Saturday, April 18, 2009

Tea Tasting Saturday #16 - Bancha

Just when I thought perhaps the teas were going to start looking and tasting alike, this week's sample was a surprise in just about every respect!

Purveyor: Harney & Sons

When purchased: March 2009

Dry leaf appearance:
After the fine, almost spice-like appearance of some of the recent Japanese greens, I was surprised to see thicker dark green leaves once again.

Wet leaf appearance: This tea turned a dark green and had the "chopped spinach" appearance I've come to expect from some of the green teas.

Steeping temperature and time: 1 teaspoon of tea, 175 degrees, 2 minutes

Scent: As I believe I've mentioned before, I try very hard to only consult the Harney book for the tea's time and temperature prior to my tea tasting, but I must confess I read the word "walnuts" as I was flipping through the Bancha pages. It bugs me if this ever happens, because when I am tasting a new tea I don't want to be influenced by what even so great a "tea mind" as Michael Harney thinks about it. I don't really worry about "getting it wrong" because my opinion is my opinion. So although I found myself wondering if I would detect something akin to a "walnut" smell, I most assuredly did not. I smelled ... fish! It wasn't a bad fish smell -- it was sort of like broiled shrimp or scallops -- but it was definitely fish I was detecting. Once my tasting was complete, and firmly convinced of what *I* thought this tea smelled like, I consulted the Harney book, intentionally this time, and it spoke of "subtle green tea base notes of spinach and nori, along with faint hints of toasted walnuts." OK, but I smelled fish! So I started googling references to Bancha and learned I am not the only one who thinks it tastes like fish. Nori, it turns out, is an edible seaweed, and if I'd known that I might not have found it so odd that my tea smelled like fish!

Color: A bright yellow.

If you had the prettiest tin of tea the world has ever seen but labeled it "Smells and Tastes Like Fish!" you couldn't have interested me. So, I was shocked that I actually liked this tea pretty well. It had a pleasant and smooth (and slightly brothy) taste I enjoyed. I really think everyone ought to sample this tea at least once just for the curiosity factor if nothing else!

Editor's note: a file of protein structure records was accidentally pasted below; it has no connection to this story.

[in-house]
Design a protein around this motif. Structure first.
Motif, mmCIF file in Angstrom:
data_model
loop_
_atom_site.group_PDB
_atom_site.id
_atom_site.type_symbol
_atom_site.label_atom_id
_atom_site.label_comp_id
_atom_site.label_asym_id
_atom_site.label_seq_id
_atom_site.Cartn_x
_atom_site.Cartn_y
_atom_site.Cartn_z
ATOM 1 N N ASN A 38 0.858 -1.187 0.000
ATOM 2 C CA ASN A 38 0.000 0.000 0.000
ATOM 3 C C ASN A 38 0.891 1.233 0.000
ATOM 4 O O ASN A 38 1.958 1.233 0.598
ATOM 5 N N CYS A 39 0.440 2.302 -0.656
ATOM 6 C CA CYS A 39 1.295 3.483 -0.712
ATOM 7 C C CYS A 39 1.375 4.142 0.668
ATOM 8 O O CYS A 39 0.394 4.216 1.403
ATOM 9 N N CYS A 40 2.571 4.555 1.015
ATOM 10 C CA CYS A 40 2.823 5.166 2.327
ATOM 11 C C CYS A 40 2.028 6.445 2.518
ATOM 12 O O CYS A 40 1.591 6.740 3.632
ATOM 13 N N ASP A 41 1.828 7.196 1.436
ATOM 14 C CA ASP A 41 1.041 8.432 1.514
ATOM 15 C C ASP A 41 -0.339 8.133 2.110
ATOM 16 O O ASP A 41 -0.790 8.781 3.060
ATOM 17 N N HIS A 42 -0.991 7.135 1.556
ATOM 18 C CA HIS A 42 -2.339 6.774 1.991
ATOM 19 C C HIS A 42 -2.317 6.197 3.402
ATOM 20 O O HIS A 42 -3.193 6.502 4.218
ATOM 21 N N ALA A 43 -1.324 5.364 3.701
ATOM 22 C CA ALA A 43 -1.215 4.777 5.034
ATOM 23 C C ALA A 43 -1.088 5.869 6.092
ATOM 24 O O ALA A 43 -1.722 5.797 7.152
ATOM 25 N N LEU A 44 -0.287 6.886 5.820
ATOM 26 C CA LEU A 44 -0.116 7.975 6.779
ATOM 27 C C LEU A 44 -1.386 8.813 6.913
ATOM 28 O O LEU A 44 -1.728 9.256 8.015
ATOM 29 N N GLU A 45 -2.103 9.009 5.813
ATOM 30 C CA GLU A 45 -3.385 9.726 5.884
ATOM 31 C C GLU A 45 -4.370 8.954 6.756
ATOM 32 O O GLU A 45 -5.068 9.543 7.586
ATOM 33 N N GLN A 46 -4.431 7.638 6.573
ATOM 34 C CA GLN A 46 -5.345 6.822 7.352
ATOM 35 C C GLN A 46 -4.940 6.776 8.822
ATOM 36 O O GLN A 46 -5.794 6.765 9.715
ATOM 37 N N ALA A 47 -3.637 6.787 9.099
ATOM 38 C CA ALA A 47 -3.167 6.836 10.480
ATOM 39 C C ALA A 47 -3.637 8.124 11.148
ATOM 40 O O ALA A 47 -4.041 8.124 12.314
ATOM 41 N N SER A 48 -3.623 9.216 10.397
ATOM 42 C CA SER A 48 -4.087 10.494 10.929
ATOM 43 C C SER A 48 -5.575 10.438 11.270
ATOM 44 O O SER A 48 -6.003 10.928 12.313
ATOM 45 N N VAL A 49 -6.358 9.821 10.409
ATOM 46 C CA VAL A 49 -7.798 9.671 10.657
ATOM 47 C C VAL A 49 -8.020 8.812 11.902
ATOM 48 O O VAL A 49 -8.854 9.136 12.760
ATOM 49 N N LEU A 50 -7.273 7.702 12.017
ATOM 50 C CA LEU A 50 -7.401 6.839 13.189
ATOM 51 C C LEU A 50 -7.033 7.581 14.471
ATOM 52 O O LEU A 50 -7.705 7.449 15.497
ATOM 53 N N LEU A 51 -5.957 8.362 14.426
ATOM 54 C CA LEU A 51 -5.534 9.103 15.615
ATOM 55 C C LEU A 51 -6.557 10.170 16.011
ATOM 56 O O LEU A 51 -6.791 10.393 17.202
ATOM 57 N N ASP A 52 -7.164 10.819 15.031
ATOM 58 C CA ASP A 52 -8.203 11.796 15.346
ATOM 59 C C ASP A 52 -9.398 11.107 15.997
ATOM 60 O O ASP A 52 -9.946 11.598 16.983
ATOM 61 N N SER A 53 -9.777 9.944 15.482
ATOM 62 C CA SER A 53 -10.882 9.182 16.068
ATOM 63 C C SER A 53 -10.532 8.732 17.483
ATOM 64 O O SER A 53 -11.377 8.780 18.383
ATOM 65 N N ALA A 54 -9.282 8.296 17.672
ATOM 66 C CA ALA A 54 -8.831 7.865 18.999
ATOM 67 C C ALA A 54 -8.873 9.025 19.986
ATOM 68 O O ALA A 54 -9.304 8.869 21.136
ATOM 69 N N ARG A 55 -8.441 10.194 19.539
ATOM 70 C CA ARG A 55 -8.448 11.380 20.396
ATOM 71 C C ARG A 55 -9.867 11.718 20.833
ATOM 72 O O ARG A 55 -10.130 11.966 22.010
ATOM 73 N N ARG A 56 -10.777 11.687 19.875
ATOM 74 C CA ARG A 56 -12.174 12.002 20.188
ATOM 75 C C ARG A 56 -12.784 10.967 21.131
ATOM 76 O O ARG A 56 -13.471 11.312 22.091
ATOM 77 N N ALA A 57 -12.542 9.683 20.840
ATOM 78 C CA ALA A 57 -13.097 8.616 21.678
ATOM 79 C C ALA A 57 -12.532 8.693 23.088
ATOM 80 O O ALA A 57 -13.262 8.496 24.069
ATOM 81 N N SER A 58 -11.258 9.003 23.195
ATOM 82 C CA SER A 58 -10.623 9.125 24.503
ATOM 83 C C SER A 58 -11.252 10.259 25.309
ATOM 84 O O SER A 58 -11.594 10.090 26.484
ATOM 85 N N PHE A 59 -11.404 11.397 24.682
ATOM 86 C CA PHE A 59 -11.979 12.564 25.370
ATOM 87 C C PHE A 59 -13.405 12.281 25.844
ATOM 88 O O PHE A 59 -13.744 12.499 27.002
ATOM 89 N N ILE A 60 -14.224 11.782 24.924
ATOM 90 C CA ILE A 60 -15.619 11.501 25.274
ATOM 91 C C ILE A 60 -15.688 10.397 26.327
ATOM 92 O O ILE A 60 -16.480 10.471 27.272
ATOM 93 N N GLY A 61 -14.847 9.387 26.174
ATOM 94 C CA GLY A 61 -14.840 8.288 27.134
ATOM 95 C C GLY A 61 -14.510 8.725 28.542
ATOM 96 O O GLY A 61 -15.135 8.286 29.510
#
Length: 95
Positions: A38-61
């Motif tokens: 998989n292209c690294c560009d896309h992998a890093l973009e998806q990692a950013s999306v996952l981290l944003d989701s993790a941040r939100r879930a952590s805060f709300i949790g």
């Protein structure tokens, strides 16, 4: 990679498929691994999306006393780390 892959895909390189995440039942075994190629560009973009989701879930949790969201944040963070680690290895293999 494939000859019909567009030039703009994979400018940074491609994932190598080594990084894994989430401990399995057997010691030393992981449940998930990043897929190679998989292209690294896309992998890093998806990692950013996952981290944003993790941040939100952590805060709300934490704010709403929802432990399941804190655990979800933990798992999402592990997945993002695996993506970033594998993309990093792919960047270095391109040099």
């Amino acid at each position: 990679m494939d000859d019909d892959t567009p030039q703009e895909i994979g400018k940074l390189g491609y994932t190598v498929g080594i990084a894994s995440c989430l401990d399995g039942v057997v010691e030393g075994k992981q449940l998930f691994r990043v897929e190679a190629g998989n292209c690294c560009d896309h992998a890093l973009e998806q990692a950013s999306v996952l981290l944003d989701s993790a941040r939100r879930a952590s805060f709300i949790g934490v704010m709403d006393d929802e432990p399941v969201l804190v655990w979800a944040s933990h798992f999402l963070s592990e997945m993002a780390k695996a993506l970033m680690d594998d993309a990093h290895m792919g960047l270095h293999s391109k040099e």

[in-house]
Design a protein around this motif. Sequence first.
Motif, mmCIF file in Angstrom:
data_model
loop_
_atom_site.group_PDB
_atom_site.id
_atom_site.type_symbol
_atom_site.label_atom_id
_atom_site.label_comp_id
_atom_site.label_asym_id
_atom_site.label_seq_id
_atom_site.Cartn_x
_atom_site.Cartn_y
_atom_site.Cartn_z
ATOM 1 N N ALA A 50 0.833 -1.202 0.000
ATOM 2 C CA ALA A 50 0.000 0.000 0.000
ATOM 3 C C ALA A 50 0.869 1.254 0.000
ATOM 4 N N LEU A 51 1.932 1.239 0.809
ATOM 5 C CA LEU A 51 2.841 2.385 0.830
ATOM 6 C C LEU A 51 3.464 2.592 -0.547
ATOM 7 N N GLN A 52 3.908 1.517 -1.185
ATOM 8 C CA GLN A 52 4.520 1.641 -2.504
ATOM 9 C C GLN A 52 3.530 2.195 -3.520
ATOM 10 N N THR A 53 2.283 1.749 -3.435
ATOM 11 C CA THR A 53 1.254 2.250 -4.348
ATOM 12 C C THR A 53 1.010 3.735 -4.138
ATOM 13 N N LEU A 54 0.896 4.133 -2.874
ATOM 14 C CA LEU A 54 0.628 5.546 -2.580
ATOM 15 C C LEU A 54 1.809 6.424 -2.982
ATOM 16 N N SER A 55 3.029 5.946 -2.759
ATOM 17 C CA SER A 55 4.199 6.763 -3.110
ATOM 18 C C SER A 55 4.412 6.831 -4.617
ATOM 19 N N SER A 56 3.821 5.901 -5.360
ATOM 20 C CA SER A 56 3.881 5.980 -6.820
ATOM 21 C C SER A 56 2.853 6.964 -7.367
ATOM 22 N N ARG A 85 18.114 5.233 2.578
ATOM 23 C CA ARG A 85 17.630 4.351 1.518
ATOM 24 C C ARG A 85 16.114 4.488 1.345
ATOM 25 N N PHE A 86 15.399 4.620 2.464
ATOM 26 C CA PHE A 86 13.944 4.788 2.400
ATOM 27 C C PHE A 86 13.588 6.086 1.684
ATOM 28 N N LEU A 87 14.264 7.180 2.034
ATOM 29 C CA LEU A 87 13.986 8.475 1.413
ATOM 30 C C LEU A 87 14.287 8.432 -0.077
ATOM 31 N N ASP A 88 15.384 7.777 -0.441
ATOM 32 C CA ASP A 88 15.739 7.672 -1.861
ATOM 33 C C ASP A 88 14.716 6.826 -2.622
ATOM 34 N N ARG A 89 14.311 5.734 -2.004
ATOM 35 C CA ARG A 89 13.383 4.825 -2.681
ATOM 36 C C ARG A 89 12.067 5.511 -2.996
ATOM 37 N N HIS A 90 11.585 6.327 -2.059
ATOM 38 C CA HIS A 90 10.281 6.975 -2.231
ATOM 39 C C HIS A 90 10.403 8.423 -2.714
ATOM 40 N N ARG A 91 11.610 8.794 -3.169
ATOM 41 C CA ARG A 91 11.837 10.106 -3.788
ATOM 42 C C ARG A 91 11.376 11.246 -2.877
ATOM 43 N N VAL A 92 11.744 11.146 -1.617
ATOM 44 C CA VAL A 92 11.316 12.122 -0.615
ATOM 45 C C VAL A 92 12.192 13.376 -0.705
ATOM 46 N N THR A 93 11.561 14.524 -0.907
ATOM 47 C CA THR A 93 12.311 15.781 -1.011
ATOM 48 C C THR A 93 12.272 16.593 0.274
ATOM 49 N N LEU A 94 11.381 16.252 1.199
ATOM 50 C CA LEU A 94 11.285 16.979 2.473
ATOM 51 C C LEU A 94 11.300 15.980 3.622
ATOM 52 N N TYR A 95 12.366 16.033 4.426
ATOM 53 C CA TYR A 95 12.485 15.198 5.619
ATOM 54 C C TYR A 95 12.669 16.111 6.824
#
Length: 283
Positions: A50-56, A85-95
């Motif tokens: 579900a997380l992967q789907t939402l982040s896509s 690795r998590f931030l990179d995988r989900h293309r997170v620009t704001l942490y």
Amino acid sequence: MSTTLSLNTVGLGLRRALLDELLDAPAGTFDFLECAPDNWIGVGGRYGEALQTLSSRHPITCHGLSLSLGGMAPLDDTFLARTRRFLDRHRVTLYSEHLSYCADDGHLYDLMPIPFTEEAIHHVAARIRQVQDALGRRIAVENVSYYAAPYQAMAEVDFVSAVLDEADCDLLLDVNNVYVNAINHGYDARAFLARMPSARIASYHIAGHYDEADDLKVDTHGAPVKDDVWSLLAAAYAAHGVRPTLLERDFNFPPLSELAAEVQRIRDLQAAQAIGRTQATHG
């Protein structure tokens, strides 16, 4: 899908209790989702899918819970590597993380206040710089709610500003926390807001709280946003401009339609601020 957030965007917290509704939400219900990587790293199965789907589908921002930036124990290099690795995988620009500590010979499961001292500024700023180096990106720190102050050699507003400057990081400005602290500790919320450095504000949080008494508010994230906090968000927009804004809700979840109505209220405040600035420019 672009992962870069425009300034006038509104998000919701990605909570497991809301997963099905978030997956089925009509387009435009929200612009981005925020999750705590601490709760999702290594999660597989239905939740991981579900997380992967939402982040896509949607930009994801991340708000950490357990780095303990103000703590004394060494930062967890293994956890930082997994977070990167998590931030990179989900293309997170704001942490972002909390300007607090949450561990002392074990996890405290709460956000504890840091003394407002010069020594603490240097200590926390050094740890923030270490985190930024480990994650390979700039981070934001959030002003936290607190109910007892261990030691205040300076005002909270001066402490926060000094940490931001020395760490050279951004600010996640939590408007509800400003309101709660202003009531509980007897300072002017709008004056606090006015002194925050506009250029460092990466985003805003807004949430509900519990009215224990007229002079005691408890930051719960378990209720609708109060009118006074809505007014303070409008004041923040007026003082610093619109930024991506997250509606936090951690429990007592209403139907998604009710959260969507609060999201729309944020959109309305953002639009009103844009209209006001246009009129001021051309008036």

Additional notes: The Harney book notes that "Bancha is made of the larger, tougher leaves that emerge just fifteen to twenty days after the younger Sencha shoots have been harvested." But for me, this one will always be "The Fish Tea."

Next week's tea: Genmaicha


  1. This is hysterically funny! When I read "turked" under appearance I kept thinking, "Turked???" until it was necessary for me to look it up, whilst thinking, "Wow! a new word for me!" As it turned out, no such luck...(although capitalized it CAN be a scimitar) I think you meant turned...

    I don't think I want to even try this tea...having never eaten seaweed, a facsimile of it does not whet my appetite.

    However, it is really enjoyable reading of your adventures in Tealand!

  2. Oh my! The editor needs an editor, eh? (But of course I HAD to go change that, Gwendol ... I shouldn't write blog posts late at night when I'm brain dead!)

  3. What an interesting review. Your tea palate is really developing and you even picked up on the subtle (or was it?) fish smell of the nori. I like seafood, but not sushi, so I'm not sure whether this tea would suit me.

  4. I betcha that's one of the healthiest teas... but only because it smells like fish. It must be very good for something!

  5. I wonder if this tea would be good with sushi? Or maybe even other Japanese food?

  6. Aha! I have actually been searching for a green tea tasting like (even flavored with) nori! Something brothy, savory, extra toasty--fishy, huh?

  7. Bancha actually has a much different (and sweeter) taste if you brew it with 180 degree water for about 30-45 seconds. Try it.


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